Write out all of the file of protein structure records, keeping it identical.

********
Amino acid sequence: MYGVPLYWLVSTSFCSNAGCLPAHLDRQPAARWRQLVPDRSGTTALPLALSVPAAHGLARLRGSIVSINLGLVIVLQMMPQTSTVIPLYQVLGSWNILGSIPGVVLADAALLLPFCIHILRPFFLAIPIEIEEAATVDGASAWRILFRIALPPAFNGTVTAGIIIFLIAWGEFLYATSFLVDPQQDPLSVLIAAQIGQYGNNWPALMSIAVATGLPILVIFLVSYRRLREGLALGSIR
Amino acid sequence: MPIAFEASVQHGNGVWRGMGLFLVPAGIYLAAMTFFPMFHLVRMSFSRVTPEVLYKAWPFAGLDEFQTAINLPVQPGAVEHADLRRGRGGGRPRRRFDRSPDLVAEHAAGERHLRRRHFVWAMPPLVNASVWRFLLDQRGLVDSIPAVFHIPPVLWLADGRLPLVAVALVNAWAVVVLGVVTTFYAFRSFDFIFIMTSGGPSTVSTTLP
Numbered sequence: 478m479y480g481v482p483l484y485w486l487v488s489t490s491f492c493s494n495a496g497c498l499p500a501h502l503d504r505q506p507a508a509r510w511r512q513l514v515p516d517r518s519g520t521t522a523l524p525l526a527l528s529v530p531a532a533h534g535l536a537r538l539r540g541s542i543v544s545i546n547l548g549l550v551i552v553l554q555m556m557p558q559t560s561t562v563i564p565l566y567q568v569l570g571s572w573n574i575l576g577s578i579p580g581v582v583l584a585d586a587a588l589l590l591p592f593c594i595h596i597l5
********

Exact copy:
Amino acid sequence: MYGVPLYWLVSTSFCSNAGCLPAHLDRQPAARWRQLVPDRSGTTALPLALSVPAAHGLARLRGSIVSINLGLVIVLQMMPQTSTVIPLYQVLGSWNILGSIPGVVLADAALLLPFCIHILRPFFLAIPIEIEEAATVDGASAWRILFRIALPPAFNGTVTAGIIIFLIAWGEFLYATSFLVDPQQDPLSVLIAAQIGQYGNNWPALMSIAVATGLPILVIFLVSYRRLREGLALGSIR
Amino acid sequence: MPIAFEASVQHGNGVWRGMGLFLVPAGIYLAAMTFFPMFHLVRMSFSRVTPEVLYKAWPFAGLDEFQTAINLPVQPGAVEHADLRRGRGGGRPRRRFDRSPDLVAEHAAGERHLRRRHFVWAMPPLVNASVWRFLLDQRGLVDSIPAVFHIPPVLWLADGRLPLVAVALVNAWAVVVLGVVTTFYAFRSFDFIFIMTSGGPSTVSTTLP
Numbered sequence: 478m479y480g481v482p483l484y485w486l487v488s489t490s491f492c493s494n495a496g497c498l499p500a501h502l503d504r505q506p507a508a509r510w511r512q513l514v515p516d517r518s519g520t521t522a523l524p525l526a527l528s529v530p531a532a533h534g535l536a537r538l539r540g541s542i543v544s545i546n547l548g549l550v551i552v553l554q555m556m557p558q559t560s561t562v563i564p565l566y567q568v569l570g571s572w573n574i575l576g577s578i579p580g581v582v583l584a585d586a587a588l589l590l591p592f593c594i595h596i597l5